Last week I re-discovered The Cluetrain Manifesto. I read the book four or so years ago, when it first came out. At the time it was quite a mind-shift for me. In my view, Cluetrain encapsulated what I saw and sensed was changing in the world, having been heavily involved in the internet part of that world since the mid-90s.
Fast forward to last week, when I heard a podcasted discussion with Doc Searls, (one of the 4 writers of Cluetrain) on Cameron Reilly & Mick Stanic's G'Day World Podcast. Doc provided wonderful background to the book, even offering his regret at blogging narrowly missing a mention in the book.
Inspired by this discussion with Doc, I scrounged up the free online version of The Cluetrain Manifesto, turned it into an iSilo book for my Tungsten E and began re-reading.
Wow, I'd forgotten just how direct and clear the message of this book was. Back in '99 and even 5 years later. The message certainly seems insightful in retrospect.
From the introduction:
What if the real attraction of the Internet is not its cutting-edge bells and whistles, its jazzy interface or any of the advanced technology that underlies its pipes and wires? What if, instead, the attraction is an atavistic throwback to the prehistoric human fascination with telling tales? Five thousand years ago, the marketplace was the hub of civilization, a place to which traders returned from remote lands with exotic spices, silks, monkeys, parrots, jewels -- and fabulous stories.
In many ways, the Internet more resembles an ancient bazaar than it fits the business models companies try to impose upon it. Millions have flocked to the Net in an incredibly short time, not because it was user-friendly -- it wasn’t -- but because it seemed to offer some intangible quality long missing in action from modern life. In sharp contrast to the alienation wrought by homogenized broadcast media, sterilized mass "culture," and the enforced anonymity of bureaucratic organizations, the Internet connected people to each other and provided a space in which the human voice would be rapidly rediscovered.
Or the opening statements of chapter 1, Internet Apocalypso:
You will never hear those words spoken in a television ad. Yet this central fact of human existence colors our world and how we perceive ourselves within it.
"Life is too short," we say, and it is. Too short for office politics, for busywork and pointless paper chases, for jumping through hoops and covering our asses, for trying to please, to not offend, for constantly struggling to achieve some ever-receding definition of success. Too short as well for worrying whether we bought the right suit, the right breakfast cereal, the right laptop computer, the right brand of underarm deodorant.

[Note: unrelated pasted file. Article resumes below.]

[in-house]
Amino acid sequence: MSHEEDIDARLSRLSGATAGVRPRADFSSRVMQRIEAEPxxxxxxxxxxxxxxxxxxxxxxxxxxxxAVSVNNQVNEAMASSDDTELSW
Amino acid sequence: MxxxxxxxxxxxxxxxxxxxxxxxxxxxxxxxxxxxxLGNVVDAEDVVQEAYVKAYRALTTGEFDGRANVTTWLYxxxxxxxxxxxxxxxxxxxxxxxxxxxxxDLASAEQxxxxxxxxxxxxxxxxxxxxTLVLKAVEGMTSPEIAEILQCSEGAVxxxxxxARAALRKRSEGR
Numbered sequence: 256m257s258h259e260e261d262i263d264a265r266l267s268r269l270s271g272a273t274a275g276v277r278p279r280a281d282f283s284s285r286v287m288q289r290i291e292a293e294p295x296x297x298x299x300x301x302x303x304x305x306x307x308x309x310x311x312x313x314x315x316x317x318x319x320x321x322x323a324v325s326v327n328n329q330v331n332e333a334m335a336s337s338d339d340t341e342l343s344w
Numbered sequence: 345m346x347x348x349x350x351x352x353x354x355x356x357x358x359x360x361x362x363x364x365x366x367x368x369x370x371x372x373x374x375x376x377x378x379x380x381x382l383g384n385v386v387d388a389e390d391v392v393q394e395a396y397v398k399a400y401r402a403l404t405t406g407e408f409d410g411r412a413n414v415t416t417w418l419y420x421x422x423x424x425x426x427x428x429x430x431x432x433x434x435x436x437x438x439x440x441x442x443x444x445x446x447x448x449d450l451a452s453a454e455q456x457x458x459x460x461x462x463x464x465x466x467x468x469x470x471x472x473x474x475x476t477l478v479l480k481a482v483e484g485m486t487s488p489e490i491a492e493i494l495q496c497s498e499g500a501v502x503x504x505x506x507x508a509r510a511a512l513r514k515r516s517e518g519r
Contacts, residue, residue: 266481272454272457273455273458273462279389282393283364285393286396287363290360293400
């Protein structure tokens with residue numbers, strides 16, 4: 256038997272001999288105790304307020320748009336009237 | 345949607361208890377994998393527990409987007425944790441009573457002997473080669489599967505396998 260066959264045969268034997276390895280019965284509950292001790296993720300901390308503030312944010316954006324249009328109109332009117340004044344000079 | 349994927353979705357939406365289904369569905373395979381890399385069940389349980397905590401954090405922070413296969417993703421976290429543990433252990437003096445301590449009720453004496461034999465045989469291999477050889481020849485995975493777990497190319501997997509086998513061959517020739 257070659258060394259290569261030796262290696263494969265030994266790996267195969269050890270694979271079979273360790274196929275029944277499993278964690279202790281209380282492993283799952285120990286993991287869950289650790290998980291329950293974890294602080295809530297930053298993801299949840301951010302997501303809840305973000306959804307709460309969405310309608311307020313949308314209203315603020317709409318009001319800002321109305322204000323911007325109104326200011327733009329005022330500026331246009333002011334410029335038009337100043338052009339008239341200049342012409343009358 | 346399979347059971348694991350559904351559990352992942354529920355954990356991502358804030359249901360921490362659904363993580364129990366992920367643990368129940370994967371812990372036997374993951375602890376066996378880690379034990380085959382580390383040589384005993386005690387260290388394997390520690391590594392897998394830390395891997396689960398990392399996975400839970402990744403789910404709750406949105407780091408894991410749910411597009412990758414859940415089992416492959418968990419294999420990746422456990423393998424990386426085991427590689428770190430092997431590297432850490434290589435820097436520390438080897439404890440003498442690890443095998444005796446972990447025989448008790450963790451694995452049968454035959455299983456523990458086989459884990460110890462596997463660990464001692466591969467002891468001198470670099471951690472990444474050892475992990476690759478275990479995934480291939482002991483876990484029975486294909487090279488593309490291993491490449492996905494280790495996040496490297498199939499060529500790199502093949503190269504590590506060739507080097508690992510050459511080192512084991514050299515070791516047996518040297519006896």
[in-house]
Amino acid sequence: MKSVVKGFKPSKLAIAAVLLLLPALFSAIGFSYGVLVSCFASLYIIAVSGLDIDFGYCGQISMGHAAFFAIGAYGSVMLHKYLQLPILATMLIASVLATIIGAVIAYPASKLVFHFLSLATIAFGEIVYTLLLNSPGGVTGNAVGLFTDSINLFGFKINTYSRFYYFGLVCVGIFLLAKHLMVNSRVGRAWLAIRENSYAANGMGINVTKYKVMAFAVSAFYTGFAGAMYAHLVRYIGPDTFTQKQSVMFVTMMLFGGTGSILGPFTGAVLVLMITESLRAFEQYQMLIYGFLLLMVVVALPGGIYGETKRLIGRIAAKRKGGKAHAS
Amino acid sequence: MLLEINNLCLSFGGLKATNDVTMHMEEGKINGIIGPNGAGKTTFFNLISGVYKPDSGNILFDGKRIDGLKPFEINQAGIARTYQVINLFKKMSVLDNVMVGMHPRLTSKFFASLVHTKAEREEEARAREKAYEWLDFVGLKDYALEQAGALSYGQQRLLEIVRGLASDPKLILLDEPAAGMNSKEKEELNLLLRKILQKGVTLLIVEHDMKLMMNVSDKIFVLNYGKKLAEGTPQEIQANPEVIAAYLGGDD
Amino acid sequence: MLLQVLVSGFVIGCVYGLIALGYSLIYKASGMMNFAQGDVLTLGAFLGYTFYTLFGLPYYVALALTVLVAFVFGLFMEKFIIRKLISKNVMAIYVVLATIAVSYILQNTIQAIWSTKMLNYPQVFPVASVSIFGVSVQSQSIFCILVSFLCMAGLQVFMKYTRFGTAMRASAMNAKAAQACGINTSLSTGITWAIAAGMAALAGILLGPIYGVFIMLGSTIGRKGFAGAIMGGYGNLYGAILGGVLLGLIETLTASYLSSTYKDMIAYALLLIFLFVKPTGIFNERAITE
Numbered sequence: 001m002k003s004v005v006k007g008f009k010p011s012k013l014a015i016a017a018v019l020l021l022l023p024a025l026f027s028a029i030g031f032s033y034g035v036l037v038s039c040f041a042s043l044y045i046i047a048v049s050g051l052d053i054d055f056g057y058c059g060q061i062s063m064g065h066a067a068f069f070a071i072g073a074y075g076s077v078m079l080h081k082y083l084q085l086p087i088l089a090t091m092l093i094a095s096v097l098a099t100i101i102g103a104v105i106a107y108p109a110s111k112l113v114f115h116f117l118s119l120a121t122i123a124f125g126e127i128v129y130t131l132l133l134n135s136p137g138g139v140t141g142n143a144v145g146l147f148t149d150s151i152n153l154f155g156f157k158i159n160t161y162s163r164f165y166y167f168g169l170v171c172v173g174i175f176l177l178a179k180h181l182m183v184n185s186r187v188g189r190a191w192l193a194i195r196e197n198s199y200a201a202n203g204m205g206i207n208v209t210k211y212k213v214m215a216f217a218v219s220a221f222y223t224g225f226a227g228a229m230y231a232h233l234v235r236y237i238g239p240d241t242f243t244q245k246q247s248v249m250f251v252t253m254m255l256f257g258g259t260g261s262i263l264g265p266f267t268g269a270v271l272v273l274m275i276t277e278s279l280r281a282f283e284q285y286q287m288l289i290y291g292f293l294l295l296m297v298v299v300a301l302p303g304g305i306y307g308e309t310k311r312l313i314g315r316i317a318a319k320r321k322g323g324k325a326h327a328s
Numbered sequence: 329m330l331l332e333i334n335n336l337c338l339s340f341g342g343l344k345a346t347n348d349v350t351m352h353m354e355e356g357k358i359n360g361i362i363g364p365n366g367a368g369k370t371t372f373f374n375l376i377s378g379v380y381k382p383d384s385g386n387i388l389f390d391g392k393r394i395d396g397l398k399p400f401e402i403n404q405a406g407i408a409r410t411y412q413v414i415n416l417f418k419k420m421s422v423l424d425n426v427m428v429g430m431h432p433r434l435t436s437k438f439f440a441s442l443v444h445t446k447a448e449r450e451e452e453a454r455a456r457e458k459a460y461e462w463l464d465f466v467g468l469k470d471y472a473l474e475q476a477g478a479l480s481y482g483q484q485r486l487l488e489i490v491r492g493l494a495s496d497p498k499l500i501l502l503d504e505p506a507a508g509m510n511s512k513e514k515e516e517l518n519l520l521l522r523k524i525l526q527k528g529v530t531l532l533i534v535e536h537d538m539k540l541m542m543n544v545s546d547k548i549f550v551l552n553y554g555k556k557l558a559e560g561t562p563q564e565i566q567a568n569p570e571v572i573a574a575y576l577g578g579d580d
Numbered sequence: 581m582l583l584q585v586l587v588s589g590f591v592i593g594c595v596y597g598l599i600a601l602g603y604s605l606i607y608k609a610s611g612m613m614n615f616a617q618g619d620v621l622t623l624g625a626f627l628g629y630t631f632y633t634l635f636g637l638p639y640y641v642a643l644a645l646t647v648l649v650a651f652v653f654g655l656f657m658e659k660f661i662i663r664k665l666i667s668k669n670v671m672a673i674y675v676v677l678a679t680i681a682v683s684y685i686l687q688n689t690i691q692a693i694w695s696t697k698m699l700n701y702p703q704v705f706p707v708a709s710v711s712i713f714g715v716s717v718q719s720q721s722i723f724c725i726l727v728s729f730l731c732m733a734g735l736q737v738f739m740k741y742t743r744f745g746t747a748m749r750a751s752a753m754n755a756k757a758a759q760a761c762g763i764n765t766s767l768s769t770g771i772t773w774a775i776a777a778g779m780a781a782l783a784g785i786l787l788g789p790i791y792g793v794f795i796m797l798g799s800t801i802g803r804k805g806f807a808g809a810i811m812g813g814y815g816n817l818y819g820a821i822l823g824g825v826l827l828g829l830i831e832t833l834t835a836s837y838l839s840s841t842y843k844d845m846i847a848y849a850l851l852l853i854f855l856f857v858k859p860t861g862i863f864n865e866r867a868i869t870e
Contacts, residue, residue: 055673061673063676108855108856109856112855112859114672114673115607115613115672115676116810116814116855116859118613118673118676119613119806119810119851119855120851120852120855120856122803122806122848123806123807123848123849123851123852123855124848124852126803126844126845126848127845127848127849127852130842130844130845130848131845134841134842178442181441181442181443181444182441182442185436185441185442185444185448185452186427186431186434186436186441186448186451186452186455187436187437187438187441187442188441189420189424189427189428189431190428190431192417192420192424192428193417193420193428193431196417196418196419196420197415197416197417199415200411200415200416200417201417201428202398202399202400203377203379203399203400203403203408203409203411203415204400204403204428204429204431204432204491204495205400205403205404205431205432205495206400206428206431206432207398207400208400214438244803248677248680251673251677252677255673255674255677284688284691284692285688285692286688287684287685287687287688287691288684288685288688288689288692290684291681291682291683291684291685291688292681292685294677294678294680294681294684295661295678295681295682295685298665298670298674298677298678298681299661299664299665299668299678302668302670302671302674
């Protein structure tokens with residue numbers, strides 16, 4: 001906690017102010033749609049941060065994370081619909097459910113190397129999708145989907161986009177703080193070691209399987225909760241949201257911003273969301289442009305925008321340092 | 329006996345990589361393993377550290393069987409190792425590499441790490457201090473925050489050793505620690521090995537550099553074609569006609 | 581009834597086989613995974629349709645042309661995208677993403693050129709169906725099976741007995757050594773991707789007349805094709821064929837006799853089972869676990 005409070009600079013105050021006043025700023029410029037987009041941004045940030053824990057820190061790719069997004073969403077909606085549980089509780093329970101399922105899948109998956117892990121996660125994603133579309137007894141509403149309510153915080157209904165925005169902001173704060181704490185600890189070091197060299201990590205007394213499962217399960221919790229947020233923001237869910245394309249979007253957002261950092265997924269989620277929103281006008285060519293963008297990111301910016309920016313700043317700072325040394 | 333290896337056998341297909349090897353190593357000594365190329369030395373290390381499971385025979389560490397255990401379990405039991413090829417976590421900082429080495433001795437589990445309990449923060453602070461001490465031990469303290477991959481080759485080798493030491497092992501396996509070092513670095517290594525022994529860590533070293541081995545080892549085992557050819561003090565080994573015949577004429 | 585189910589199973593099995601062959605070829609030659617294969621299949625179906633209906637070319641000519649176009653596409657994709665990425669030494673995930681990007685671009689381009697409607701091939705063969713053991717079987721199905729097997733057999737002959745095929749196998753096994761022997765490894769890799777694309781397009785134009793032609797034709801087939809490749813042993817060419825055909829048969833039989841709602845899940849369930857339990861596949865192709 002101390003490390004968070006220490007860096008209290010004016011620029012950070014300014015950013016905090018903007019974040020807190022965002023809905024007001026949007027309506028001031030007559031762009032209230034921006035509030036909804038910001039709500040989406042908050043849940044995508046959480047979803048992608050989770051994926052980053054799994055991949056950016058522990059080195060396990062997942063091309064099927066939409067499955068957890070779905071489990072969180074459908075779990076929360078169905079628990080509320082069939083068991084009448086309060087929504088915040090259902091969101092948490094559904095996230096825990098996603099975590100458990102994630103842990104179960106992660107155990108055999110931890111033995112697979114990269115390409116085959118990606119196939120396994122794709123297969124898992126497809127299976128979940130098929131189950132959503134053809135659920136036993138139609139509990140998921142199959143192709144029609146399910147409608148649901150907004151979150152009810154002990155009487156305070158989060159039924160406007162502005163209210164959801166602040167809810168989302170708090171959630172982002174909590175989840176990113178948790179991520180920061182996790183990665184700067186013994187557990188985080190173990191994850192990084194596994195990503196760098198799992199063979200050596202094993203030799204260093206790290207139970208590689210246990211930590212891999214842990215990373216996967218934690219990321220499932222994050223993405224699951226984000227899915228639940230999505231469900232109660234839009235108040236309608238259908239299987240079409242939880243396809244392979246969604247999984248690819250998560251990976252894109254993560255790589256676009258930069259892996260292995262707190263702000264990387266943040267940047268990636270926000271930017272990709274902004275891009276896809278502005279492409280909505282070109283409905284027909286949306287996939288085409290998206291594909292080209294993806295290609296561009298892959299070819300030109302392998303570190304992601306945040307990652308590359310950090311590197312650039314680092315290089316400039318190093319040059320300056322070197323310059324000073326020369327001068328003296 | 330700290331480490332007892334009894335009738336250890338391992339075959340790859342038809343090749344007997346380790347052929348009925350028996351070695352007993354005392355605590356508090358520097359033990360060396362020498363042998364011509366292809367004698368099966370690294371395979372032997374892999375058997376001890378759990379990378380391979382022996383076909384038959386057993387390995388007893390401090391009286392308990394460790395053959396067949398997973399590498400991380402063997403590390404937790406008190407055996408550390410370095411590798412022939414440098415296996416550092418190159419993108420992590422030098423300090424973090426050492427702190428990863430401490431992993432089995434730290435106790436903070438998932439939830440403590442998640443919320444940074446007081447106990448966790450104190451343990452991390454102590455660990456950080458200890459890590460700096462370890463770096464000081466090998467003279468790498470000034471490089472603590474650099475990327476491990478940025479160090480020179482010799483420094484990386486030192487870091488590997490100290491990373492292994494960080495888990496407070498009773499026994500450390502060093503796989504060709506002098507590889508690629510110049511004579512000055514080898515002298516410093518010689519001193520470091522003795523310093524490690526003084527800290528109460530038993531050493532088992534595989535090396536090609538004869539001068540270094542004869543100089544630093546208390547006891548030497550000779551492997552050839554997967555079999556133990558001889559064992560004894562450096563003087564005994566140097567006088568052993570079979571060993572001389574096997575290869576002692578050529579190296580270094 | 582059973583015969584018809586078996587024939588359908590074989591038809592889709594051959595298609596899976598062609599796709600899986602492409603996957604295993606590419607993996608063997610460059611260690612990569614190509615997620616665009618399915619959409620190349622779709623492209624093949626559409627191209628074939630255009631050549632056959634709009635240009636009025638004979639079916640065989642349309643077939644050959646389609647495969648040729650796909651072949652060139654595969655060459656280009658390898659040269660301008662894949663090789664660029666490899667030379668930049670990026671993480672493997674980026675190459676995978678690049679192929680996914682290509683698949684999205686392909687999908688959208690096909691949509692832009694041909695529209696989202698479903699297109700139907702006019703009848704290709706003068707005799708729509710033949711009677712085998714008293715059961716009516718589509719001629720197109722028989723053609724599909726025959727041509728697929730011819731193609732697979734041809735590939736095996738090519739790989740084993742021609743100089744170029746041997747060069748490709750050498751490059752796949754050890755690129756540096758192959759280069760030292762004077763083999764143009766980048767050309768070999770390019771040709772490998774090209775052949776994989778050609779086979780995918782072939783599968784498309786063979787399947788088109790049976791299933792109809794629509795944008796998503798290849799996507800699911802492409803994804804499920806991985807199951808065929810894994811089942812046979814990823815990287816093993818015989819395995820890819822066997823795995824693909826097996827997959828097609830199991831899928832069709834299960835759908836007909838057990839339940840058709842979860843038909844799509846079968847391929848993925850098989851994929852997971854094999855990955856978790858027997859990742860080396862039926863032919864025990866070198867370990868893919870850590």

Life is too short because we die. Alone with ourselves, we sometimes stop to wonder what's important, really. Our kids, our friends, our lovers, our losses? Things change and change is often painful. People get "downsized," move away, the old neighborhood isn't what it used to be. Children get sick, get better, get bored, get on our nerves. They grow up hearing news of a world more frightening than anything in ancient fairy tales. The wicked witch won't really push you into the oven, honey, but watch out for AK-47s at recess.
Pretty amazing to come right out and say it — we all die. Life is short. As I grow oder I realize my time gets more valuable. There is no time for messing around — no time for bad TV shows or lousy books, no time to waste instead of spending it with my family, or doing what I love to do: communicate, design, write, read, sketch, think.
I'll leave today with one more excerpt from the introduction:
But companies don't like us human. They leverage our longing for their own ends. If we feel inadequate, there's a product that will fill the hole, a bit of fetishistic magic that will make us complete. Perhaps a new car would do the trick. Maybe a trip to the Caribbean or that new CD or a nice shiny set of Ginsu steak knives. Anything, everything, just get more stuff. Our role is to consume.
Of course, the new car alone is not enough. It must be made to represent something larger. Much larger. The blonde draped over the hood looks so much better than the old lady bitching about the dishes. Surely she'd understand our secret needs. And if we showed up with her at the big golf game, wouldn't the guys be impressed! Yeah, gotta get one-a those babies. This isn't about sex, it's about power — the greatest bait there ever was to seduce the powerless.
Or take it one slice closer to the bone. Leverage care. For the cost of a jar of peanut butter, you can be a Great Mom, the kind every kid would love to have. You can look out on your happy kids playing in that perfect suburban backyard and breathe a little sigh of contentment that life's so good, with not a wicked witch in sight. Just like on television.
Now that gets right to the bottom of things, doesn't it? We're human beings — so much more than just consumers, designed to consume product or services. The question I ask myself is, why do I settle, at one time or another, for being treated this way?
My suggestion: if you haven't read Cluetrain yet, do so. If you've already read Cluetrain, read it again as a good refresher.